These are projects I worked on before I started my PhD program, projects that have informed my current research.
Member of the American Indian Library Association (AILA) Executive Board. 2010-2013. I served as President of AILA during this time, as well as Vice President and Immediate Past President. Being on the executive board allowed me to see how a grassroots organization serving the library needs of American Indian populations operates at the national level.
Stories of Arizona’s Tribal Libraries. 2010-2011. This was a project I worked on while working with the Knowledge River program at the University of Arizona. My project partner was Jamie A. Lee, formerly a Knowledge River scholar. The purpose of the Stories of Arizona’s Tribal Libraries Oral History Project was to capture the history and development of tribal libraries while also demonstrating that these libraries are indeed a vital and valuable part of the community and the state of Arizona. We visited four libraries and collected stories from elders, librarians, library directors, councilors, community cultural directors, museum directors, and library users. We also conducted hands-on oral history workshop at the 10th Gathering of Arizona Tribal Libraries.
Research with Respect. This is another project from my time at Knowledge River. On 2 November 2010, Knowledge River, in collaboration with the School of Information Resources and Library Science (SIRLS) and the University of Arizona Libraries, presented Research with Respect: Ethical Approaches to Native American Cultural Research and Archival Practices, a seminar on the ethical issues related to collection, management and accessibility of knowledge resources from Native American populations. Invited scholars and UA graduate students presented on their perspectives on research integrity. Scholars included Dr. Jennie R. Joe, Director of the Native American Research and Training Center (NARTC), UA; Karen Underhill, Head of Special Collections, NAU Libraries; and Ally Krebs, Ph.D. student, University of Washington and Knowledge River Alumna, as well as UA students Susan Barrett and Casey C. Kahn-Thornbrugh. This was sponsored by the UA Office for the Responsible Conduct of Research, The UA Graduate College, and The Project for Scholarly Integrity, an initiative of the Council of Graduate Schools (CGS). Here are my opening remarks:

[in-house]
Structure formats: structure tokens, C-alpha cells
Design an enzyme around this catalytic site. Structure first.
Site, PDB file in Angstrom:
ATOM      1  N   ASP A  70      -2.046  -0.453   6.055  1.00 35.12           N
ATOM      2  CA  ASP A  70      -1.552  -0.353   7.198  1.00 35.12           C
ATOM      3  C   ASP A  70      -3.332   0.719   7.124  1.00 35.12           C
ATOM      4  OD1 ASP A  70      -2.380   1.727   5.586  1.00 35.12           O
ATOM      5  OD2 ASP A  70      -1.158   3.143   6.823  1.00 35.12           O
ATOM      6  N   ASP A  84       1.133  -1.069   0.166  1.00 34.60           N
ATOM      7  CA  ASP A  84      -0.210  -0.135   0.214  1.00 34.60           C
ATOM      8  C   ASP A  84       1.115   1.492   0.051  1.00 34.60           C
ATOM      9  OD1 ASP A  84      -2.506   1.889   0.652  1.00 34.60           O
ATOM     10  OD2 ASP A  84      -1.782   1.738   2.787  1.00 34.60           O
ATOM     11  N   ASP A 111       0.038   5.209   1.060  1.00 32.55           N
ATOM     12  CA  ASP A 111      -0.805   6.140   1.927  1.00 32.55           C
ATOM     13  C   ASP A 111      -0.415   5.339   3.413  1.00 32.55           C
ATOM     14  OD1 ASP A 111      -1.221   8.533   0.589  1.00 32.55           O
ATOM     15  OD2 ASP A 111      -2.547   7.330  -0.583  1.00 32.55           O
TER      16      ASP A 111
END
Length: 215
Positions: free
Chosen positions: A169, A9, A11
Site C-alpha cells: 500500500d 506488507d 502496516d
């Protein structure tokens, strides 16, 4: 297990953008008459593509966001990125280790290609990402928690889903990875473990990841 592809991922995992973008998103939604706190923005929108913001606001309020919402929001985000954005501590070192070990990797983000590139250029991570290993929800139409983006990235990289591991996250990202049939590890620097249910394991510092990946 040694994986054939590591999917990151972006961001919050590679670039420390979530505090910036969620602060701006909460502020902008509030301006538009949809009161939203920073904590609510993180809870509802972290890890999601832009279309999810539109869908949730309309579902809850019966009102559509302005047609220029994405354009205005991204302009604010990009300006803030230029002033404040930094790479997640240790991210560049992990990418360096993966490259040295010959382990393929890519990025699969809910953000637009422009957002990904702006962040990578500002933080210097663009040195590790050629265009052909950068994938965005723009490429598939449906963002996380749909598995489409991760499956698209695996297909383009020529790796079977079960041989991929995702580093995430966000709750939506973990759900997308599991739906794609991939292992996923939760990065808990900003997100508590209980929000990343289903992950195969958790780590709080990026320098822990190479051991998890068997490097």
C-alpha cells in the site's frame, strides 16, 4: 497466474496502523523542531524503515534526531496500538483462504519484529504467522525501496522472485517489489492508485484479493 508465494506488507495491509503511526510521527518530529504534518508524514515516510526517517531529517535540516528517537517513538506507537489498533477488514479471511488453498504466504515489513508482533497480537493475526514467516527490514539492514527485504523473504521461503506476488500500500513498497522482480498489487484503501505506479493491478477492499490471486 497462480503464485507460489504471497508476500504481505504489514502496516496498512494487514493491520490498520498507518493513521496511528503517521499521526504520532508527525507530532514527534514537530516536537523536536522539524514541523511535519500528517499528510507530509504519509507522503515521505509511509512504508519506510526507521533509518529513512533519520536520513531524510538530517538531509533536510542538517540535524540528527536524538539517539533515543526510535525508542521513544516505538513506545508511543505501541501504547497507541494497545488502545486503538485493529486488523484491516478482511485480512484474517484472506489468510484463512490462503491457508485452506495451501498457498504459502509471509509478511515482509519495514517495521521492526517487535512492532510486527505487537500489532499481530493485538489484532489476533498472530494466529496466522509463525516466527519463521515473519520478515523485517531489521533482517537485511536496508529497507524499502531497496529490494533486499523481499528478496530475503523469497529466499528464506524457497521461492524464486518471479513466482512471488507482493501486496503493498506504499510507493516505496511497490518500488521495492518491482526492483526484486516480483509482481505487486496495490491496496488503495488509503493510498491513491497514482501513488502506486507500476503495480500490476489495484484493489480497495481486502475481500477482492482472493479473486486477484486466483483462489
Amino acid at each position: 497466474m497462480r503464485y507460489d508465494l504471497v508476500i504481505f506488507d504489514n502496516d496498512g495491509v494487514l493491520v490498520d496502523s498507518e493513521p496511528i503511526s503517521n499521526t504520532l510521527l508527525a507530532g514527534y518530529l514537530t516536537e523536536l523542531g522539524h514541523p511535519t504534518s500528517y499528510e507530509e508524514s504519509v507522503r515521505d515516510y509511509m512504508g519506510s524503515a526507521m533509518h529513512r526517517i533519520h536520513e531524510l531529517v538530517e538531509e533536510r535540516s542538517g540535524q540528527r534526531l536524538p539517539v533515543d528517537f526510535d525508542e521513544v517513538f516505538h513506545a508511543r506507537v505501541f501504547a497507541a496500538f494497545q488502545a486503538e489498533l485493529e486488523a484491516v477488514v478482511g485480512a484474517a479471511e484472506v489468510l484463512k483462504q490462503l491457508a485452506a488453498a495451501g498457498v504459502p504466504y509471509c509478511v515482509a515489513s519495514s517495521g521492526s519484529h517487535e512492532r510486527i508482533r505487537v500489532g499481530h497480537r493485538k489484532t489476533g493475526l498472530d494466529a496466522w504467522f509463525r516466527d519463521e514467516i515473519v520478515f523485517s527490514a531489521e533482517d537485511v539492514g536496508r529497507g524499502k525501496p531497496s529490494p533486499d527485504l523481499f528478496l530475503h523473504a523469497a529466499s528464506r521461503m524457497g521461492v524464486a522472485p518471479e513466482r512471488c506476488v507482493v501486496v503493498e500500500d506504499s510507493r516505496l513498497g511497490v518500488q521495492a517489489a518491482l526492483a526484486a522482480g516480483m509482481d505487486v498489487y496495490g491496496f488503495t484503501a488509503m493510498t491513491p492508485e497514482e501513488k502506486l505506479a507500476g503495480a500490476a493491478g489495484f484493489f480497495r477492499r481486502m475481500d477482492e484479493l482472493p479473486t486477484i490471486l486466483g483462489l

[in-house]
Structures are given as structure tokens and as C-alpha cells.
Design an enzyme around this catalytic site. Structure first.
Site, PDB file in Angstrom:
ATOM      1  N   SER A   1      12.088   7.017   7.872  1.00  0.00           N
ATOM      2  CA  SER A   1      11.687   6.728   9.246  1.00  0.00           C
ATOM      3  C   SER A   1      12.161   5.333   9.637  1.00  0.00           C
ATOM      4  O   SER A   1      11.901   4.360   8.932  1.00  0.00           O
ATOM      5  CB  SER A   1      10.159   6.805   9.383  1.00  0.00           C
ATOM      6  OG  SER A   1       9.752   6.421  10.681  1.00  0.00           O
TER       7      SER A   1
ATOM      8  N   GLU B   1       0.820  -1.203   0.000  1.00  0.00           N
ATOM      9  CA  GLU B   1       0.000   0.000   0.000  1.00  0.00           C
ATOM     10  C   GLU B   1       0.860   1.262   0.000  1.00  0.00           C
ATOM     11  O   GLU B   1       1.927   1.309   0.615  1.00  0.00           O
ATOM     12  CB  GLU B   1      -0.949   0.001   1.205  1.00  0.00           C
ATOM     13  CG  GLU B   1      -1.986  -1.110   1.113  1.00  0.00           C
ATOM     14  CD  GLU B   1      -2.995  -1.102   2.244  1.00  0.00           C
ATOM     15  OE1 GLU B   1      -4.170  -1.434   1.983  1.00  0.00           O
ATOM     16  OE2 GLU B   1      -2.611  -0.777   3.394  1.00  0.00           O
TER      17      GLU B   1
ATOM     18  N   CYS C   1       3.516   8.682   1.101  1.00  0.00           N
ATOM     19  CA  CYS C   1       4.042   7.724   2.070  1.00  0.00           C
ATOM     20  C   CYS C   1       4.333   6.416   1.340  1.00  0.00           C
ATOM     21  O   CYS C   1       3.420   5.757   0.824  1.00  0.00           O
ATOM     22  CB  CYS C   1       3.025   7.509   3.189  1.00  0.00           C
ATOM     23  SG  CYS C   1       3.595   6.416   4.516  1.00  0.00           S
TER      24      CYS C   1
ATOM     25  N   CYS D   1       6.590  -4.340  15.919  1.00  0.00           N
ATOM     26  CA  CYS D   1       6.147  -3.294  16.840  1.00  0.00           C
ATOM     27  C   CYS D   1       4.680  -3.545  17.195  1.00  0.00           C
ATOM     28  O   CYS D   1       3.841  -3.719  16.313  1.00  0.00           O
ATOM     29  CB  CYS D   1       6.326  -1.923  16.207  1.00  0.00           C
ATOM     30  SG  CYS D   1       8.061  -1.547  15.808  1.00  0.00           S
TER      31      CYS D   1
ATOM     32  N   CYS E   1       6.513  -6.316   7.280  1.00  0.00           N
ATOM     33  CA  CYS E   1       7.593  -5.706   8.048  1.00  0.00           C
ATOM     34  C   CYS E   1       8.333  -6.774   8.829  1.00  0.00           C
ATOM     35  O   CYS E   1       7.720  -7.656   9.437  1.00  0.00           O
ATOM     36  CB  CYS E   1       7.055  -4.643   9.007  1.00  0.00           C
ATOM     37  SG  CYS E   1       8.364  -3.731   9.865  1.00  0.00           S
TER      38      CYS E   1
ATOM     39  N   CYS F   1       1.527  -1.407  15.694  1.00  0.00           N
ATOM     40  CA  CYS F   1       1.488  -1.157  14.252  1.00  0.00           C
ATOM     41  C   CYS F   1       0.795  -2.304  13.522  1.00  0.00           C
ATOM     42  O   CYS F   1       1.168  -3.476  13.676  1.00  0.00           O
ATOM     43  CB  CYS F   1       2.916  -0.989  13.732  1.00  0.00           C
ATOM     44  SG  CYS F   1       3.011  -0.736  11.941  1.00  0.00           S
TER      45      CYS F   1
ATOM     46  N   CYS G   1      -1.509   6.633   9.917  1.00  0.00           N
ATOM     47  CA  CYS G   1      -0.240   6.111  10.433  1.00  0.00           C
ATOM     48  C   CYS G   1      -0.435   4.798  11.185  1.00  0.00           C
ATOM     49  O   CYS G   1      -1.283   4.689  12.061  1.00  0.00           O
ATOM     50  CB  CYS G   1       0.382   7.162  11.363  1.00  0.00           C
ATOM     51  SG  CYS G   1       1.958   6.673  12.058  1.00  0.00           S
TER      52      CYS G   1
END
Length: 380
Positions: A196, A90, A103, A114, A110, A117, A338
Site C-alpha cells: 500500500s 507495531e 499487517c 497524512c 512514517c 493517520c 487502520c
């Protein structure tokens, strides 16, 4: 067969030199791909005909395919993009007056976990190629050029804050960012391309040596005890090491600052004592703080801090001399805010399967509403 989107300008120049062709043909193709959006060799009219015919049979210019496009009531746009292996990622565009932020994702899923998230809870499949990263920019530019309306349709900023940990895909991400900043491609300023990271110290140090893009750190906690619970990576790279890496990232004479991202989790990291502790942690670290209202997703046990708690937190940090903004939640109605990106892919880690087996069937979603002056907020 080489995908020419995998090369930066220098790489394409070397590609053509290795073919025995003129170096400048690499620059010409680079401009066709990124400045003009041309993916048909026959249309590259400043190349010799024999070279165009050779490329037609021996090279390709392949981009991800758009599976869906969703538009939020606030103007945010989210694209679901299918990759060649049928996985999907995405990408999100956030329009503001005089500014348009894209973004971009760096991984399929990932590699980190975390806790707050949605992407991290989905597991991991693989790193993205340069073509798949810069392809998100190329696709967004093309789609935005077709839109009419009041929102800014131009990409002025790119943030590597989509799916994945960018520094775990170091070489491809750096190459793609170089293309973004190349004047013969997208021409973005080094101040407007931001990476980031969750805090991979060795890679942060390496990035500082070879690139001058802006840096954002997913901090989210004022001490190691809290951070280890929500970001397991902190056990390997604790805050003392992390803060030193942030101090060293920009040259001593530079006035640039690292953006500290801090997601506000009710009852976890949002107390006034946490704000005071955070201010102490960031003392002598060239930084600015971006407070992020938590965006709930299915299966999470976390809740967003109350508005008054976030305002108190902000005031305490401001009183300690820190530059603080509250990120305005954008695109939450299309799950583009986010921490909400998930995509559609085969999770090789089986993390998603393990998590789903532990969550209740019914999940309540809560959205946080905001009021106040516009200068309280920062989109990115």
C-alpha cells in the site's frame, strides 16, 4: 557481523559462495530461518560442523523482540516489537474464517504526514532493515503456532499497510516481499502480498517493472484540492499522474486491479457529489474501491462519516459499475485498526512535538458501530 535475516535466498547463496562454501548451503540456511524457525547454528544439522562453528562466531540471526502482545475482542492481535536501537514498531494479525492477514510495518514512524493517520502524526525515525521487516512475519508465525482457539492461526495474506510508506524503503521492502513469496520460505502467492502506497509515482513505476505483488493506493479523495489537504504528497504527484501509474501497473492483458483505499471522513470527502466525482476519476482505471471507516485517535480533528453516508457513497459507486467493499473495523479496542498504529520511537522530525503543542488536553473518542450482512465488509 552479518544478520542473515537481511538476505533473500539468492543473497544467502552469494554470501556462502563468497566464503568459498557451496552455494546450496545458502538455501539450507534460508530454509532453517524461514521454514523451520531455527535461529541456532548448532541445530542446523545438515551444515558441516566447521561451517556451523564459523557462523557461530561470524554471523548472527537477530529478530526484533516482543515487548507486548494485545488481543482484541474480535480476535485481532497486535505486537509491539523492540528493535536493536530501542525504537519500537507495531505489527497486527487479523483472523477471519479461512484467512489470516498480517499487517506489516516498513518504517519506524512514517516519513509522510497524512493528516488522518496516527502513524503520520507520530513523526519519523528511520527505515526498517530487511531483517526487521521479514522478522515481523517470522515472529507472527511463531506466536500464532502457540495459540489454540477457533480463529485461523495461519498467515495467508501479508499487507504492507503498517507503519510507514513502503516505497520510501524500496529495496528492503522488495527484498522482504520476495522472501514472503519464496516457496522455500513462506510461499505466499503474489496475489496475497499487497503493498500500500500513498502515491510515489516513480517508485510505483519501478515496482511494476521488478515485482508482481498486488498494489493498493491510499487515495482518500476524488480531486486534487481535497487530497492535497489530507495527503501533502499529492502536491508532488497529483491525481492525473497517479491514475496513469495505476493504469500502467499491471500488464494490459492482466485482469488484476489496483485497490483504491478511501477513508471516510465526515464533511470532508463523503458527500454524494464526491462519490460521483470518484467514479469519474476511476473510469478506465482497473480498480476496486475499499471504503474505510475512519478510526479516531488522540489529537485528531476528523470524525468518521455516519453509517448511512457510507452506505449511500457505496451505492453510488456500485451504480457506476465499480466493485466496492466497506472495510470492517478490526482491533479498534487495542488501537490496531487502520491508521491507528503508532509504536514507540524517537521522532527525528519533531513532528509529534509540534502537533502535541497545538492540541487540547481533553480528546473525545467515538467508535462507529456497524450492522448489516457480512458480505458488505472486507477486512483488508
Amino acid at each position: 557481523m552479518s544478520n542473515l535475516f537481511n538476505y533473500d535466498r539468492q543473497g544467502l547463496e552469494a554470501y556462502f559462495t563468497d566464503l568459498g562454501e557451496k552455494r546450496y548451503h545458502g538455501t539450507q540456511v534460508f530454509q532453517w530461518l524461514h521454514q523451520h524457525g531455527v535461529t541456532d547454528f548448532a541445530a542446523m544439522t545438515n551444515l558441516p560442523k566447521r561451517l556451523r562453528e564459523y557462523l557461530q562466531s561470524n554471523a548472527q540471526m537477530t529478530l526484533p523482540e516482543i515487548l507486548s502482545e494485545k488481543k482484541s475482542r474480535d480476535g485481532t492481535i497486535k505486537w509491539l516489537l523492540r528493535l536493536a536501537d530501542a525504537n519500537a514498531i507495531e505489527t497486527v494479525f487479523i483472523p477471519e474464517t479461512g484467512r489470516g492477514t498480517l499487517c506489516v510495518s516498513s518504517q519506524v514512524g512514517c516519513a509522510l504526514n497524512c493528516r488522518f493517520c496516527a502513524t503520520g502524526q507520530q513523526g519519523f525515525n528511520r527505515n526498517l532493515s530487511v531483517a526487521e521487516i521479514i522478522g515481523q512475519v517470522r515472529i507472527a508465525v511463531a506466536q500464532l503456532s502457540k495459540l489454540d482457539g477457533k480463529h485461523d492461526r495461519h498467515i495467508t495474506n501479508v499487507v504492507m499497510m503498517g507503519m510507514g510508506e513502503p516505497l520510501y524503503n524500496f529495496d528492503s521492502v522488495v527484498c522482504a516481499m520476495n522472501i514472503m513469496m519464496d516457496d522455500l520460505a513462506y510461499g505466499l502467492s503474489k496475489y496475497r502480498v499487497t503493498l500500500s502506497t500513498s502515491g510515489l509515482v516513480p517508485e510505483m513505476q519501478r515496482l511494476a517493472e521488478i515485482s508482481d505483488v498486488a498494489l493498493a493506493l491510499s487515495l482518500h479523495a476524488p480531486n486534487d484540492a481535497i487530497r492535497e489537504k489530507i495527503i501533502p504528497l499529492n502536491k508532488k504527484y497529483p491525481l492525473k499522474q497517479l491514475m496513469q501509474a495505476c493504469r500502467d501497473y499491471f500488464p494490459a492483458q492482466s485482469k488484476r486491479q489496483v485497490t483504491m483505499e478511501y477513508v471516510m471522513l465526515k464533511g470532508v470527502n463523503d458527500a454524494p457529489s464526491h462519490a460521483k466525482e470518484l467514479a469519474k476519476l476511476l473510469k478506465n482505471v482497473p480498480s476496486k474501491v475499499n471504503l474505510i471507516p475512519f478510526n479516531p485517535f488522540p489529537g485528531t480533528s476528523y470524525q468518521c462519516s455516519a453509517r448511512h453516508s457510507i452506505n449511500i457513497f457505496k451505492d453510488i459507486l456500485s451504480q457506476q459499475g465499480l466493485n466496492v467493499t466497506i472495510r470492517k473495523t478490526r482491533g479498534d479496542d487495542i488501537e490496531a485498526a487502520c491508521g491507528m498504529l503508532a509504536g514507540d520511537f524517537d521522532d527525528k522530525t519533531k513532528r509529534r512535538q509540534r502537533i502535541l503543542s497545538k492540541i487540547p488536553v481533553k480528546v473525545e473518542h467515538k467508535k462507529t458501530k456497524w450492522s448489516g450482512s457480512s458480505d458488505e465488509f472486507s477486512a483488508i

“Knowledge River: A case study of a library and information science program focusing on Latino and Native American perspectives,” Library Trends, 59 (2), 2010. (with Patricia Montiel-Overall). I co-wrote this article with Dr. Montiel-Overall about the Knowledge River program.
TRAILS: Tribal Libraries Procedures Manual, 3rd edition. This was one of the first major projects I worked on after graduating from library school. In 2006, I was invited by Satia Orange to work with the ALA Office for Outreach and Literacy Services (ALA OLOS) to administer the tribal libraries websites for the ALA committee on Rural, Native & Tribal Libraries of All Kinds. In the process of this work, I discovered a document that came out of the Training and Assistance for Indian Library Services (TRAILS) program that was started in 1985 under the direction of Dr. Lotsee Patterson, with funding from the U.S. Department of Education. I asked if we could include TRAILS in my work, and OLOS gave me the support and connected me with a fantastic team of librarians to revise the TRAILS document.